From acting profile parts in the "legit,"
He came to this; and he is sick of it.
The singing part is easy. What he hates
Is traveling with these damned degenerates,
Tight-trousered, scented, both with women's hips,
With penciled eyes, and lean vermilioned lips.
Loving each other so, they pick on him,--
Horse him, off stage and on. He smiles, is grim,
Plays up the part, saving his final card
Till Jones should dare to slap his face too hard.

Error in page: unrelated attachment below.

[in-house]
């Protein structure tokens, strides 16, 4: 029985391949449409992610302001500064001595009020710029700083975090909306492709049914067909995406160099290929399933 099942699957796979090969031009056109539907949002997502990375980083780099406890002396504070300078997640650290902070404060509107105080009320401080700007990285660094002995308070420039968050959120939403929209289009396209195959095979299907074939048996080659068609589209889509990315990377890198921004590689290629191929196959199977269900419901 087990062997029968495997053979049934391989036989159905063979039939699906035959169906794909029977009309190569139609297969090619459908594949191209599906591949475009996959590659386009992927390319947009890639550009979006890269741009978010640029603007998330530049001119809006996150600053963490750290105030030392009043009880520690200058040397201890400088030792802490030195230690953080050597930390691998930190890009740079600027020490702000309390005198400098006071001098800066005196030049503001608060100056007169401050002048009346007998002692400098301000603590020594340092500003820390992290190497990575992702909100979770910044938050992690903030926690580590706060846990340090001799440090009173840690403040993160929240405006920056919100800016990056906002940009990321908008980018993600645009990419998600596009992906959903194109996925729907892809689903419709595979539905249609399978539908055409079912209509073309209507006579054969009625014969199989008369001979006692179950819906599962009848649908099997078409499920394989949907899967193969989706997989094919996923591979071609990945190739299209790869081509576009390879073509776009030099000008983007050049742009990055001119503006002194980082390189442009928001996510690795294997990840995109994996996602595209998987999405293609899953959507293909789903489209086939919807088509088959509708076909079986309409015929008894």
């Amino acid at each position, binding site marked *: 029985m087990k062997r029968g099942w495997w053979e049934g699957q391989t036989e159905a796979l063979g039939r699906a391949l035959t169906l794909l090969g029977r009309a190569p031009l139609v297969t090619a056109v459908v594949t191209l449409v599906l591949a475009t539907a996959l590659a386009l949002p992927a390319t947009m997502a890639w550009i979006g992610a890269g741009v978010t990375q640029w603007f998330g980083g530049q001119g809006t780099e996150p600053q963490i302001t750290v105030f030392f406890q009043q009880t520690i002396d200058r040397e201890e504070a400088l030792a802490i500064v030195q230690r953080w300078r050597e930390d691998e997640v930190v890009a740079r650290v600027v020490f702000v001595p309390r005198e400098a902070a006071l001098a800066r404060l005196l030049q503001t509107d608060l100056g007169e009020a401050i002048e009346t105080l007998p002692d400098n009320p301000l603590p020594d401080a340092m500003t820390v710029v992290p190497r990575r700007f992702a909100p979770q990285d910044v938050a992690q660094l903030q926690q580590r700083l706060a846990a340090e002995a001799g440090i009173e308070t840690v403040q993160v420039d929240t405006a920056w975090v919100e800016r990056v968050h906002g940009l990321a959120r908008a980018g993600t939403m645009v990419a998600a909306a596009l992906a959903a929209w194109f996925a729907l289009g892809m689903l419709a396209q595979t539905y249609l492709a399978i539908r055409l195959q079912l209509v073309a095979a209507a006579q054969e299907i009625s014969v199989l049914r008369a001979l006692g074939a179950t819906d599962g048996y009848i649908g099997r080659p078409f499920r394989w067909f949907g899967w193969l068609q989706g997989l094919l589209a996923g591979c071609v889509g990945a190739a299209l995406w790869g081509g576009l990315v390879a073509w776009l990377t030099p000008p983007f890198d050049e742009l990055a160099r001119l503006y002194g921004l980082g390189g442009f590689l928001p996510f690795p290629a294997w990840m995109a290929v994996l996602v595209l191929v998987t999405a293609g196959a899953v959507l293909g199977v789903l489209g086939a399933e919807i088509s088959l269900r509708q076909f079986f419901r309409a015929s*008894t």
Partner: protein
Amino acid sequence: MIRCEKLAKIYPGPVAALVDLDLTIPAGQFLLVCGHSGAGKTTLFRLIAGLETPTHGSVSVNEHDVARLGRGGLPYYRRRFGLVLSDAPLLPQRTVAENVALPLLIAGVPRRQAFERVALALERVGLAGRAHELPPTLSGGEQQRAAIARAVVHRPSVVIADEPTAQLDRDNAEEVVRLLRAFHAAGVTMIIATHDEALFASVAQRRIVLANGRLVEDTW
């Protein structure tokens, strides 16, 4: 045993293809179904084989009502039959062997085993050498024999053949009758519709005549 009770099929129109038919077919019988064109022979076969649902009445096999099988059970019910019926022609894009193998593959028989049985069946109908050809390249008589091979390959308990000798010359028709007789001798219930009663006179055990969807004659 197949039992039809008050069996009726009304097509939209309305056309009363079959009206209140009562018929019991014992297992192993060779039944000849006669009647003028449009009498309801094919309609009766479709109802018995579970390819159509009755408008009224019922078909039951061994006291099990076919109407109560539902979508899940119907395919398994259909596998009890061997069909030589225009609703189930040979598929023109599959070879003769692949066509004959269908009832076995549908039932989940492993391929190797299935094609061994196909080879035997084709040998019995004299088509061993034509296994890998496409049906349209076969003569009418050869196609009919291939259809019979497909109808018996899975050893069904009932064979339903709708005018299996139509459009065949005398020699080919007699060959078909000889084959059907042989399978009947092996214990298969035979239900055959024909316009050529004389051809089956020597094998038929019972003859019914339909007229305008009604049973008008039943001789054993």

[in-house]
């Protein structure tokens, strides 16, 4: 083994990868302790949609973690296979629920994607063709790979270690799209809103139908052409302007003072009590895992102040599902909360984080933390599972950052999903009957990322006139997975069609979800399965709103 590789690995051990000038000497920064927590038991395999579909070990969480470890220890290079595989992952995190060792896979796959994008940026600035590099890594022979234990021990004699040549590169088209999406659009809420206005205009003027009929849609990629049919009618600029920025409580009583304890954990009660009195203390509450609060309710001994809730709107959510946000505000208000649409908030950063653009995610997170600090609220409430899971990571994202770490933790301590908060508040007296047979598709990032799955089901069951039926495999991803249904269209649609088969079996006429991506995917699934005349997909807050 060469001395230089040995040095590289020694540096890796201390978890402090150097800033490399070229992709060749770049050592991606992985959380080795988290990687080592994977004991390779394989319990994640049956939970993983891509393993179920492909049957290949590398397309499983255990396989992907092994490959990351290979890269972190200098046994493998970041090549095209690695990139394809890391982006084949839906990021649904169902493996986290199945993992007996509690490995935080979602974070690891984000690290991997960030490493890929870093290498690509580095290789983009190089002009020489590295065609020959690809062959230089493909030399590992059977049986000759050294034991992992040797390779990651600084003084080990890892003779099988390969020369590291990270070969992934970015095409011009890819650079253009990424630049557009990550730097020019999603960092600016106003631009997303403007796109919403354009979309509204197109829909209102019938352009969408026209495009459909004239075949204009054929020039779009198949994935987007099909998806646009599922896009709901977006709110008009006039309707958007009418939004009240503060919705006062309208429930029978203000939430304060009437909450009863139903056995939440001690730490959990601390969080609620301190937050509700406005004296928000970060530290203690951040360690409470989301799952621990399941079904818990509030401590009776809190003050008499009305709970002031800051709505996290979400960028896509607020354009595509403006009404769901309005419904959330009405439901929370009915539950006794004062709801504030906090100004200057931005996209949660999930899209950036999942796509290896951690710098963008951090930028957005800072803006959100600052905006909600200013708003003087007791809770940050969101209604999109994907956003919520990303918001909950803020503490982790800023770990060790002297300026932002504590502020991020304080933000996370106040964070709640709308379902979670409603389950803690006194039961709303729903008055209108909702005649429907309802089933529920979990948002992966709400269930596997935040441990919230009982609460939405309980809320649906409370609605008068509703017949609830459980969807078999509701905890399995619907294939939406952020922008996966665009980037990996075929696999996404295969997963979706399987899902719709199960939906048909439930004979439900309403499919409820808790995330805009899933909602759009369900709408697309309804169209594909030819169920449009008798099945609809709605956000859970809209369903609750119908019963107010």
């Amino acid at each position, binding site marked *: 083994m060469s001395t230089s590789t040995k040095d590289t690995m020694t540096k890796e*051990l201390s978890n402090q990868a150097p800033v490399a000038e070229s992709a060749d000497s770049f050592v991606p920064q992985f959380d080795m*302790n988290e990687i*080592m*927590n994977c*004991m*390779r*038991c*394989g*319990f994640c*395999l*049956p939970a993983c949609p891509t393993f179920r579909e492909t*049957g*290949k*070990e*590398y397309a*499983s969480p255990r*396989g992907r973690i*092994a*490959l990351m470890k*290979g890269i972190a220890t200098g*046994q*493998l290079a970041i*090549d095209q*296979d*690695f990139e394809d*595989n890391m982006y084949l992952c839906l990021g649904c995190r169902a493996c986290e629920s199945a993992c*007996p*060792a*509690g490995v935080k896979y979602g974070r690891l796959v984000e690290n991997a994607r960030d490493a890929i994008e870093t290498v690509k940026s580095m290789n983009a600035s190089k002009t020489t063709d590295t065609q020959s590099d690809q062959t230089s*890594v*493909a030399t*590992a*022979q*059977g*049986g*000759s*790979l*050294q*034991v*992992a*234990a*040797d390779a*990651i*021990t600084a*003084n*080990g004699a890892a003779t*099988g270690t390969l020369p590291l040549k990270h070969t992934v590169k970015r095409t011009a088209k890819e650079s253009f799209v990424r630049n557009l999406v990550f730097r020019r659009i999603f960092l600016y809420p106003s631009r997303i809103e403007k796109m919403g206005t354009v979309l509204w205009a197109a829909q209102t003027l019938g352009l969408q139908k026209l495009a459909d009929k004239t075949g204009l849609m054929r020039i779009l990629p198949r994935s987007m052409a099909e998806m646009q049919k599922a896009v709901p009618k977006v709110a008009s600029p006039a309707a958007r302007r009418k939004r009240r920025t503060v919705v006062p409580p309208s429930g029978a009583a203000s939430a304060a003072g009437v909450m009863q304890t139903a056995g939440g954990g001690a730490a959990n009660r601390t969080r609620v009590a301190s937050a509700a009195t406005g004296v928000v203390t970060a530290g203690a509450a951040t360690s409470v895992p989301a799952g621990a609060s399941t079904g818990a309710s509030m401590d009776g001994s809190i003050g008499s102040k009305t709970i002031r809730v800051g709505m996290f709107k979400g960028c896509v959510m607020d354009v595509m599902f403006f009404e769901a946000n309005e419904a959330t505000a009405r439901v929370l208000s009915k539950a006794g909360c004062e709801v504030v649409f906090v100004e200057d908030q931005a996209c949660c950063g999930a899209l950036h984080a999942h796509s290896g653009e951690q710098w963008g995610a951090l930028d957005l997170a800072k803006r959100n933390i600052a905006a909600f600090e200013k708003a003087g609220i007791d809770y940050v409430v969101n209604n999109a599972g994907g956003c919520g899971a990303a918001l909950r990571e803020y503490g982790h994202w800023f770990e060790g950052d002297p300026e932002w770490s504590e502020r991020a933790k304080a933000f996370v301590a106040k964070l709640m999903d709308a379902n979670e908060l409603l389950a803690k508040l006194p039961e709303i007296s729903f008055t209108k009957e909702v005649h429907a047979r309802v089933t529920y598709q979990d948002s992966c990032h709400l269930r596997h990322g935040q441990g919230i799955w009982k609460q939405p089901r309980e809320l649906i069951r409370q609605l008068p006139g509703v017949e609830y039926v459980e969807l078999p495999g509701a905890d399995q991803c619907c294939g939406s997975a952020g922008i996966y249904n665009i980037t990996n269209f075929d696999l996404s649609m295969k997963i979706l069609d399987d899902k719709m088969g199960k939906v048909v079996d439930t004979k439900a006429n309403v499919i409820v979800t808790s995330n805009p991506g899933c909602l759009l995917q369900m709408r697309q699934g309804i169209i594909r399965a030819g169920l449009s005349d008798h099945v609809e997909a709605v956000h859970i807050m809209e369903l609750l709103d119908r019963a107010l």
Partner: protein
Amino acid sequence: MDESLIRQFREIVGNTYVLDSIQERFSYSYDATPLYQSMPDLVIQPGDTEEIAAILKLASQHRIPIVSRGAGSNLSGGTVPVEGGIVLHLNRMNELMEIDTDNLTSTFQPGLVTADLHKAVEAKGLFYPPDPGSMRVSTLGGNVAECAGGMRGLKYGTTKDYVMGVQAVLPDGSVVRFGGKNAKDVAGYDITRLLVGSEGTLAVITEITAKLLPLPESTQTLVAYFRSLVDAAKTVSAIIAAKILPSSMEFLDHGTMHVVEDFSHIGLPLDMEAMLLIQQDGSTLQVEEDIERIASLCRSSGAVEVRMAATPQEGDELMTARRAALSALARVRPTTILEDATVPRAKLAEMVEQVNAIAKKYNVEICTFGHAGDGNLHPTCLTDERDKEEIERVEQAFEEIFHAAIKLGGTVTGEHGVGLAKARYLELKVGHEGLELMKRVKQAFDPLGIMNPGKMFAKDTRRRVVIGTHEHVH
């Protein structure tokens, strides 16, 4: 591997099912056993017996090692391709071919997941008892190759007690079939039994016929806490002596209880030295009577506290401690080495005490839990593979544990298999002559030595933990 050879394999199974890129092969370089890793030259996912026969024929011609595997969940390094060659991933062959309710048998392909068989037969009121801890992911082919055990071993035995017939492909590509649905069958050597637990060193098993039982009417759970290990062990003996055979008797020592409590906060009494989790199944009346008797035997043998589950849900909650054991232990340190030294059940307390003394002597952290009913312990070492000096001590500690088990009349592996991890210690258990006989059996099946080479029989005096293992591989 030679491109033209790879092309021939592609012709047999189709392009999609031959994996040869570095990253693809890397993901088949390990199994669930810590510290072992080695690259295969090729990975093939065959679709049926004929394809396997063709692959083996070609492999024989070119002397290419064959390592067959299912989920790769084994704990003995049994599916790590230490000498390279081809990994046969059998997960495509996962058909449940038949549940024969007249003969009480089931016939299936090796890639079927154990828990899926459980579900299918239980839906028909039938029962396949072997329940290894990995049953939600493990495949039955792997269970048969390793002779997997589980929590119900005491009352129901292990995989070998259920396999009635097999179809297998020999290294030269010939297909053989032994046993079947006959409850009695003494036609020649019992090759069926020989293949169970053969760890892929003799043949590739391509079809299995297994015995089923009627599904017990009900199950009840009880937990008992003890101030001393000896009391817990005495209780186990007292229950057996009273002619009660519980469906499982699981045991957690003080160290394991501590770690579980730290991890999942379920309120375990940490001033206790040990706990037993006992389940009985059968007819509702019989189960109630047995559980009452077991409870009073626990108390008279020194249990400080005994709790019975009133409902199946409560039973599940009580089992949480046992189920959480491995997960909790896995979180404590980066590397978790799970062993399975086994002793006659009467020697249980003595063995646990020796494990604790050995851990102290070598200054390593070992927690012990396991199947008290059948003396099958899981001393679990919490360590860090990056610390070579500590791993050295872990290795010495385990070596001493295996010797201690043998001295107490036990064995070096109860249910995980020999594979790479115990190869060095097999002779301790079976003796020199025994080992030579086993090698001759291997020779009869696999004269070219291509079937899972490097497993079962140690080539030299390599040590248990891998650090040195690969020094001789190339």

But what's "too hard"?--Meanwhile, four times a day
He drinks, to make things pleasanter; while they
(Those damned degenerates) eat up cocaine.
The call-boy calls him on. And once again
With a crushed hat, long hair, and powdered face,
Dressed as the villain, in black, he booms deep bass,
Asks the fool question, takes the slap, and sings
As if he did for the first time all those things.
My God, how tired he is of hearing Jones,
Simpering sweetly in falsetto tones,
"Chase me, boys, I issue trading-stamps:"
Tired of grease-paint, dirty clothes, and lamps.
At ease on sawdust floors, he leans and drinks,
Swapping old stories with the crowd; or thinks,
Roving a blear green eye about the bar,
Of the girl he loved, or the one time he was star.